There’s much more back and forth in fiction.  Because of the unique elements of fiction, I find that editing is a lot more of a back and forth thing.  You find a bit of inconsistent language here and have to go back all over your story.  You realize you need to tweak a “feel” here and there.  With nonfiction I usually can go through one or two edits and be done, with fiction there’s more.

You have more of an illusion to keep up.  Nonfiction is about reality and communicating.  Fiction needs you to keep up the illusion, which requires you to be careful with language, repeated words, being properly evocative, etc.

So that was informative.  I’m glad I took time to write it down.  Now let’s see what else I learn . . .

-Steven Savage

A Writer’s Life: Arcs Over Rewrites

(This column is posted at www.StevenSavage.com and Steve’s Tumblr)

So “A Bridge To The Quiet Planet,” my sf/fantasy sarcastic road trip novel, is in editing.  I did a few passes, but now the goal is to tighten up the plot and characterizations.

Originally I had wanted to go over the story and truly re-work it to be “what I wanted.”  The plan was to re-outline the plot, and then do a mix of cut-and-paste, writing, and rewriting to flesh out the “new” novel.  But something felt wrong . . . that kind of thing that tells me I’m doing something wrong.

So that gut feel – why did it feel wrong?  It felt excessive, it felt like a lot of effort, and it also didn’t feel like it’d bring me much.  I’d spend a bunch of time building an outline, then try to shoehorn things in, and as my past experience had told me – I’d probably find plenty of other things I’d have to change.

It’s always important to listen to those gut feelings, and this one said it was a bad idea.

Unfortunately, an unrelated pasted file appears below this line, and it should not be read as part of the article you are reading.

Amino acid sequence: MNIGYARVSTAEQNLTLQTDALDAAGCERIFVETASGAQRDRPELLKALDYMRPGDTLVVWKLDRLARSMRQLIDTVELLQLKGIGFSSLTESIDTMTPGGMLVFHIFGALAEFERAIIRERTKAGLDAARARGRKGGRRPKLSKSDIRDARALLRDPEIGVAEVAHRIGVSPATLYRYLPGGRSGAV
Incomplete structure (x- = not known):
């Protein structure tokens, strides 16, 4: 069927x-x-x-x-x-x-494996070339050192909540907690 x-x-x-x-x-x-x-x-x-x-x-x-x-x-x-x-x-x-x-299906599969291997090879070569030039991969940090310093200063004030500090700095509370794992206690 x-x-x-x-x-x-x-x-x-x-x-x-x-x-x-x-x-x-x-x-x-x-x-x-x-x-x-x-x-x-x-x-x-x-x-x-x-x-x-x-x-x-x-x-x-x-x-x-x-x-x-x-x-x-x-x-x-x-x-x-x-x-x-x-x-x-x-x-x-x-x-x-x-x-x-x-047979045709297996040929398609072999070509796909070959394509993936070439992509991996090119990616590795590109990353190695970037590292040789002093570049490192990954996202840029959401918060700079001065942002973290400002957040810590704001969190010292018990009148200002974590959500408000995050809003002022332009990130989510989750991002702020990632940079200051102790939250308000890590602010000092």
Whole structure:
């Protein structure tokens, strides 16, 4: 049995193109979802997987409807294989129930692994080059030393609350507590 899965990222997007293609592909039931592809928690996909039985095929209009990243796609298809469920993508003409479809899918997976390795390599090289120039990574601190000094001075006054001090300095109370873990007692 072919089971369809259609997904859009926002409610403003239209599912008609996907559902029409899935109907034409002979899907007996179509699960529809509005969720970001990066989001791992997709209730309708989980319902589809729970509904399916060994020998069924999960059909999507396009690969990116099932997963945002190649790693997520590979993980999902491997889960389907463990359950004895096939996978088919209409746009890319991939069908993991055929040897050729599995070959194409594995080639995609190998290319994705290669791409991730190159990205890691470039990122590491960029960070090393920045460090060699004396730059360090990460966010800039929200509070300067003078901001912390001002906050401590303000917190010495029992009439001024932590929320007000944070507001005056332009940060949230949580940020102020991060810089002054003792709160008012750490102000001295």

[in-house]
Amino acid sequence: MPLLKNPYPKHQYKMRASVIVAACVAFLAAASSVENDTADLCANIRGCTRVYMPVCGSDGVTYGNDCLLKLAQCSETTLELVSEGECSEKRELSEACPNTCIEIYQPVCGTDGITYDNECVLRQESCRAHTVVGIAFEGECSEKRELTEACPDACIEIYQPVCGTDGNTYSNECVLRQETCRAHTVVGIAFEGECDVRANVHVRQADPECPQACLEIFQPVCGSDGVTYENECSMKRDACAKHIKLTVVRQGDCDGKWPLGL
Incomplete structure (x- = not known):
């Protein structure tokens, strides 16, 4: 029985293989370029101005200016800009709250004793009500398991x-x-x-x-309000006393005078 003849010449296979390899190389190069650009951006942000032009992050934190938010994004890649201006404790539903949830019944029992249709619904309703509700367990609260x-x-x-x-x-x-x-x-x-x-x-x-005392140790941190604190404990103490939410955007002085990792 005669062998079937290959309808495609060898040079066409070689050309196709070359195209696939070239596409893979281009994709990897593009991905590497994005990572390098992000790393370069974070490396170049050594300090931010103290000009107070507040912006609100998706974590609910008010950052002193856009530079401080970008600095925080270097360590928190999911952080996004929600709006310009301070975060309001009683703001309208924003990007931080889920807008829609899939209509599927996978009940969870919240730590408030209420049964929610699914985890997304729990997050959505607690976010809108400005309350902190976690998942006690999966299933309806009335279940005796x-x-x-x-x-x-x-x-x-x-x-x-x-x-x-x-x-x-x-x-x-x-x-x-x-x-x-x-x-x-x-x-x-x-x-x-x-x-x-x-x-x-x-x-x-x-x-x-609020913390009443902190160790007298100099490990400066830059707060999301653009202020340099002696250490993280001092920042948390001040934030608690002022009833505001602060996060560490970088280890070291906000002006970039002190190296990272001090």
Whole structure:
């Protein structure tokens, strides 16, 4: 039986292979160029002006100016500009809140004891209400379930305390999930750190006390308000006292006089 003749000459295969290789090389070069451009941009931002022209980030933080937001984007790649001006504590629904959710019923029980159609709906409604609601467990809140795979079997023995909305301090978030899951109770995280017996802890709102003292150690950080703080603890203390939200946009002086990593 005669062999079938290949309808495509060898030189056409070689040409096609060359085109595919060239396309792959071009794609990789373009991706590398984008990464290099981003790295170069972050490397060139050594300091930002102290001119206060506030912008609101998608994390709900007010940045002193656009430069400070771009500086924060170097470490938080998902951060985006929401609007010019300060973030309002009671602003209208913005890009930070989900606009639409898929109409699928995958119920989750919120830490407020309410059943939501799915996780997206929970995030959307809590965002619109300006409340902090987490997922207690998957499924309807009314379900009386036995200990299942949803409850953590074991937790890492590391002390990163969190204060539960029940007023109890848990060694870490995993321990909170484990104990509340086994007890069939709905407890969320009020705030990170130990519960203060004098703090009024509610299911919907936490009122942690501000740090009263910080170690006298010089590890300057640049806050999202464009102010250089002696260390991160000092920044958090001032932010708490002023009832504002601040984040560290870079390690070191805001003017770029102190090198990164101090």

At that point, I discussed this with friends.  How was I going to tweak the plot?  After a few discussions, I went back to my lessons from Agile Software development – good improvement is often iterative.  So how would I truly improve the plot in iterations?

Well, in software you rarely go overhaul everything.  You tweak the components, improving this piece here, that piece there.  My novel wasn’t flawed, it just needed to be improved.  Re-plotting it would have been as logical as doing a working piece of software from scratch just to add a few new features or improve existing ones.

That’s when I realized what I wanted to do was improve various story arcs.  So this is what I’m doing:

  1. First, I went over my notes and thoughts, and wrote down the arcs I wanted to improve or make.
  2. Under each arc I wrote down the general things I wanted to do in story order.
  3. Now with that done, I plan to rewrite just the arcs, going through the story (which I know all too well) to just add to, tweak, expand, or reduce the story to embody these new or improved arcs.

What does this net me:

  • It’s easier.  It’s just not some giant re-outline that’d be inaccurate quickly.
  • It’s about value.  Each individual arc improvement makes the story better.
  • It’s atomistic.  Each arc improvement is roughly standalone, so I can add them with relative ease.  I can also drop them with relative ease.
  • It’s synergestic.  I’m working on one arc at a time, so I get to see the synergies as I go part-by-part (which plays into iterative improvement).
  • It’s iterative.  Each arc I add or improve in the story allows me to re-evaluate progress – and re-evaluate the other arcs I want to add or improve.
  • It’s more hands-on.  I’m editing arcs much quicker as opposed to making some plan, so it keeps me in tune with the story.

I’ll let you know how this goes.  But it’s certainly less of a burden on my mind, it gets me writing quicker, and it fits my Agile experiences.

– Steve